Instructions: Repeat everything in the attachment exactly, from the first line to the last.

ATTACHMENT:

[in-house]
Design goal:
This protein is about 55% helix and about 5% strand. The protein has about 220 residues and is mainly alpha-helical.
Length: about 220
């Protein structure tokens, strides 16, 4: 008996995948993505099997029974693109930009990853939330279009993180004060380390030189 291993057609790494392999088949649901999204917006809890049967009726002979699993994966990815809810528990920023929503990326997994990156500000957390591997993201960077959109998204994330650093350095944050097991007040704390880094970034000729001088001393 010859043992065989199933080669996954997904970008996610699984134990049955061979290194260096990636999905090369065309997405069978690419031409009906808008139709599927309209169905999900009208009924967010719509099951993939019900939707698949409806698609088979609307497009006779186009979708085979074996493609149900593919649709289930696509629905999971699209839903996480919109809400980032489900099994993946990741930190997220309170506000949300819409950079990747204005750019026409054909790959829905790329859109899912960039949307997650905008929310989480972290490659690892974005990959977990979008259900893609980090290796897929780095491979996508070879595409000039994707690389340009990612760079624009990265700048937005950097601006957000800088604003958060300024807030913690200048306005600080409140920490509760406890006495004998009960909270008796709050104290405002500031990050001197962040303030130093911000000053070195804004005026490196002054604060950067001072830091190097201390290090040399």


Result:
[in-house]
Design goal:
This protein is about 55% helix and about 5% strand. The protein has about 220 residues and is mainly alpha-helical.
Length: about 220
């Protein structure tokens, strides 16, 4: 008996995948993505099997029974693109930009990853939330279009993180004060380390030189 291993057609790494392999088949649901999204917006809890049967009726002979699993994966990815809810528990920023929503990326997994990156500000957390591997993201960077959109998204994330650093350095944050097991007040704390880094970034000729001088001393 010859043992065989199933080669996954997904970008996610699984134990049955061979290194260096990636999905090369065309997405069978690419031409009906808008139709599927309209169905999900009208009924967010719509099951993939019900939707698949409806698609088979609307497009006779186009979708085979074996493609149900593919649709289930696509629905999971699209839903996480919109809400980032489900099994993946990741930190997220309170506000949300819409950079990747204005750019026409054909790959829905790329859109899912960039949307997650905008929310989480972290490659690892974005990959977990979008259900893609980090290796897929780095491979996508070879595409000039994707690389340009990612760079624009990265700048937005950097601006957000800088604003958060300024807030913690200048306005600080409140920490509760406890006495004998009960909270008796709050104290405002500031990050001197962040303030130093911000000053070195804004005026490196002054604060950067001072830091190097201390290090040399």